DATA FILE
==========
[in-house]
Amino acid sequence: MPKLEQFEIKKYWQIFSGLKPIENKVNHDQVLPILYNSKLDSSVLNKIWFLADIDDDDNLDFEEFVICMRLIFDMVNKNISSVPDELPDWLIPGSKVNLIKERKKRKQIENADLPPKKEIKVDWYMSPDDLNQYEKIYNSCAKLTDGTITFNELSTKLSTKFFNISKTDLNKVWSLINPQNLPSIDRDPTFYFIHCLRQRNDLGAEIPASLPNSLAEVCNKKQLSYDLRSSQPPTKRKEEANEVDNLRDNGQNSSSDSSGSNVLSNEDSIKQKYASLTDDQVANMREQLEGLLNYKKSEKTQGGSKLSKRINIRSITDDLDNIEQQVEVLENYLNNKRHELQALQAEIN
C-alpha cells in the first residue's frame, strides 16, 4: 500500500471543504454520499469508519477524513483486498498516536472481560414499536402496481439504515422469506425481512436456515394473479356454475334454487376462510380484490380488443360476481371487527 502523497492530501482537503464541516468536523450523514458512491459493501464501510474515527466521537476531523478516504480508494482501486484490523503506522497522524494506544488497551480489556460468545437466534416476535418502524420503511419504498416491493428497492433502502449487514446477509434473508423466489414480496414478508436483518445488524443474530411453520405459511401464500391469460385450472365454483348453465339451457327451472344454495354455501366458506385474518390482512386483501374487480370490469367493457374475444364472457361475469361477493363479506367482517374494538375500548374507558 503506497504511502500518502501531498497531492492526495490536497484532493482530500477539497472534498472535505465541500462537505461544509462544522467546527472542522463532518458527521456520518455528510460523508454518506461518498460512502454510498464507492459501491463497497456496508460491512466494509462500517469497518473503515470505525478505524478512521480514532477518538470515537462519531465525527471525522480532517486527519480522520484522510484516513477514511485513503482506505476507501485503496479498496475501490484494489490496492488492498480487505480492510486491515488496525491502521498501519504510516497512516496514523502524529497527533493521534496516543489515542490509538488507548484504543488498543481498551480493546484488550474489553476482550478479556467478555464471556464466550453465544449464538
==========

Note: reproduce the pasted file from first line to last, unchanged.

[in-house]
Amino acid sequence: MPKLEQFEIKKYWQIFSGLKPIENKVNHDQVLPILYNSKLDSSVLNKIWFLADIDDDDNLDFEEFVICMRLIFDMVNKNISSVPDELPDWLIPGSKVNLIKERKKRKQIENADLPPKKEIKVDWYMSPDDLNQYEKIYNSCAKLTDGTITFNELSTKLSTKFFNISKTDLNKVWSLINPQNLPSIDRDPTFYFIHCLRQRNDLGAEIPASLPNSLAEVCNKKQLSYDLRSSQPPTKRKEEANEVDNLRDNGQNSSSDSSGSNVLSNEDSIKQKYASLTDDQVANMREQLEGLLNYKKSEKTQGGSKLSKRINIRSITDDLDNIEQQVEVLENYLNNKRHELQALQAEIN
C-alpha cells in the first residue's frame, strides 16, 4: 500500500471543504454520499469508519477524513483486498498516536472481560414499536402496481439504515422469506425481512436456515394473479356454475334454487376462510380484490380488443360476481371487527 502523497492530501482537503464541516468536523450523514458512491459493501464501510474515527466521537476531523478516504480508494482501486484490523503506522497522524494506544488497551480489556460468545437466534416476535418502524420503511419504498416491493428497492433502502449487514446477509434473508423466489414480496414478508436483518445488524443474530411453520405459511401464500391469460385450472365454483348453465339451457327451472344454495354455501366458506385474518390482512386483501374487480370490469367493457374475444364472457361475469361477493363479506367482517374494538375500548374507558 503506497504511502500518502501531498497531492492526495490536497484532493482530500477539497472534498472535505465541500462537505461544509462544522467546527472542522463532518458527521456520518455528510460523508454518506461518498460512502454510498464507492459501491463497497456496508460491512466494509462500517469497518473503515470505525478505524478512521480514532477518538470515537462519531465525527471525522480532517486527519480522520484522510484516513477514511485513503482506505476507501485503496479498496475501490484494489490496492488492498480487505480492510486491515488496525491502521498501519504510516497512516496514523502524529497527533493521534496516543489515542490509538488507548484504543488498543481498551480493546484488550474489553476482550478479556467478555464471556464466550453465544449464538